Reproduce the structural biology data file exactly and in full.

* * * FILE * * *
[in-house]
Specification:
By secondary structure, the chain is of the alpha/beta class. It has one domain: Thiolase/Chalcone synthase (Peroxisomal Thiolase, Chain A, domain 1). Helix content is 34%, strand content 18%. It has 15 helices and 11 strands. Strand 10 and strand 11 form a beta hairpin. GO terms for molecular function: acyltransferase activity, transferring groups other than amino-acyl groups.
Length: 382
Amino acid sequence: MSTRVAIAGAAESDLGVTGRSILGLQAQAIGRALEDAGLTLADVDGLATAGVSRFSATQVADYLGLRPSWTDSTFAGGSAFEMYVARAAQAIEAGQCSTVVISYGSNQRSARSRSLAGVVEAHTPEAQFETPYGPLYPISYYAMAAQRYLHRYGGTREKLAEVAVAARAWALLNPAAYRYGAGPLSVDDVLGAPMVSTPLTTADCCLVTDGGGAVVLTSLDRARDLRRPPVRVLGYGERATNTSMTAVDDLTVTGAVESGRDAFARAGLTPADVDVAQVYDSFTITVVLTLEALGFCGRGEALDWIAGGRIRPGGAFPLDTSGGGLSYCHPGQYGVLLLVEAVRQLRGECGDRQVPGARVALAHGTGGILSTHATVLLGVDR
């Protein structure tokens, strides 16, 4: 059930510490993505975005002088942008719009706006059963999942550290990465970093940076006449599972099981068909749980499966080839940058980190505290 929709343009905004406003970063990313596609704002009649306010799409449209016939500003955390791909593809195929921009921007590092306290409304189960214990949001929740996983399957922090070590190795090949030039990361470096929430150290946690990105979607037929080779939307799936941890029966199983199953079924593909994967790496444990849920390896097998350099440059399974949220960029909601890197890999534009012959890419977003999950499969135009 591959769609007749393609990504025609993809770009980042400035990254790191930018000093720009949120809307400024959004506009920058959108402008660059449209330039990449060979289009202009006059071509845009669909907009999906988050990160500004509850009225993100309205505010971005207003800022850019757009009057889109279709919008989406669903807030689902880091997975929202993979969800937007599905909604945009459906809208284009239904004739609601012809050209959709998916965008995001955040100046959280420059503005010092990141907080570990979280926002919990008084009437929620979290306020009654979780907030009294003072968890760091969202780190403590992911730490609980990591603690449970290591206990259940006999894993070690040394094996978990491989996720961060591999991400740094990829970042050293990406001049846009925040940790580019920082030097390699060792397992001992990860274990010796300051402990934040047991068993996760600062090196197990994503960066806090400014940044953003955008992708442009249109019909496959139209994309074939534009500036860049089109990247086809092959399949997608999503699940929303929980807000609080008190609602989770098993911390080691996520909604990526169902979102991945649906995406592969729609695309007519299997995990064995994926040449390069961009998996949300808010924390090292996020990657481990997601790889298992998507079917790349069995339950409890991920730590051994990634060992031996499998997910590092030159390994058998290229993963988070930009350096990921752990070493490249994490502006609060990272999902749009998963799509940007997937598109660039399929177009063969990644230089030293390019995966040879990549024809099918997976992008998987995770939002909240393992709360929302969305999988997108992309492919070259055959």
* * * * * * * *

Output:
[in-house]
Specification:
By secondary structure, the chain is of the alpha/beta class. It has one domain: Thiolase/Chalcone synthase (Peroxisomal Thiolase, Chain A, domain 1). Helix content is 34%, strand content 18%. It has 15 helices and 11 strands. Strand 10 and strand 11 form a beta hairpin. GO terms for molecular function: acyltransferase activity, transferring groups other than amino-acyl groups.
Length: 382
Amino acid sequence: MSTRVAIAGAAESDLGVTGRSILGLQAQAIGRALEDAGLTLADVDGLATAGVSRFSATQVADYLGLRPSWTDSTFAGGSAFEMYVARAAQAIEAGQCSTVVISYGSNQRSARSRSLAGVVEAHTPEAQFETPYGPLYPISYYAMAAQRYLHRYGGTREKLAEVAVAARAWALLNPAAYRYGAGPLSVDDVLGAPMVSTPLTTADCCLVTDGGGAVVLTSLDRARDLRRPPVRVLGYGERATNTSMTAVDDLTVTGAVESGRDAFARAGLTPADVDVAQVYDSFTITVVLTLEALGFCGRGEALDWIAGGRIRPGGAFPLDTSGGGLSYCHPGQYGVLLLVEAVRQLRGECGDRQVPGARVALAHGTGGILSTHATVLLGVDR
């Protein structure tokens, strides 16, 4: 059930510490993505975005002088942008719009706006059963999942550290990465970093940076006449599972099981068909749980499966080839940058980190505290 929709343009905004406003970063990313596609704002009649306010799409449209016939500003955390791909593809195929921009921007590092306290409304189960214990949001929740996983399957922090070590190795090949030039990361470096929430150290946690990105979607037929080779939307799936941890029966199983199953079924593909994967790496444990849920390896097998350099440059399974949220960029909601890197890999534009012959890419977003999950499969135009 591959769609007749393609990504025609993809770009980042400035990254790191930018000093720009949120809307400024959004506009920058959108402008660059449209330039990449060979289009202009006059071509845009669909907009999906988050990160500004509850009225993100309205505010971005207003800022850019757009009057889109279709919008989406669903807030689902880091997975929202993979969800937007599905909604945009459906809208284009239904004739609601012809050209959709998916965008995001955040100046959280420059503005010092990141907080570990979280926002919990008084009437929620979290306020009654979780907030009294003072968890760091969202780190403590992911730490609980990591603690449970290591206990259940006999894993070690040394094996978990491989996720961060591999991400740094990829970042050293990406001049846009925040940790580019920082030097390699060792397992001992990860274990010796300051402990934040047991068993996760600062090196197990994503960066806090400014940044953003955008992708442009249109019909496959139209994309074939534009500036860049089109990247086809092959399949997608999503699940929303929980807000609080008190609602989770098993911390080691996520909604990526169902979102991945649906995406592969729609695309007519299997995990064995994926040449390069961009998996949300808010924390090292996020990657481990997601790889298992998507079917790349069995339950409890991920730590051994990634060992031996499998997910590092030159390994058998290229993963988070930009350096990921752990070493490249994490502006609060990272999902749009998963799509940007997937598109660039399929177009063969990644230089030293390019995966040879990549024809099918997976992008998987995770939002909240393992709360929302969305999988997108992309492919070259055959």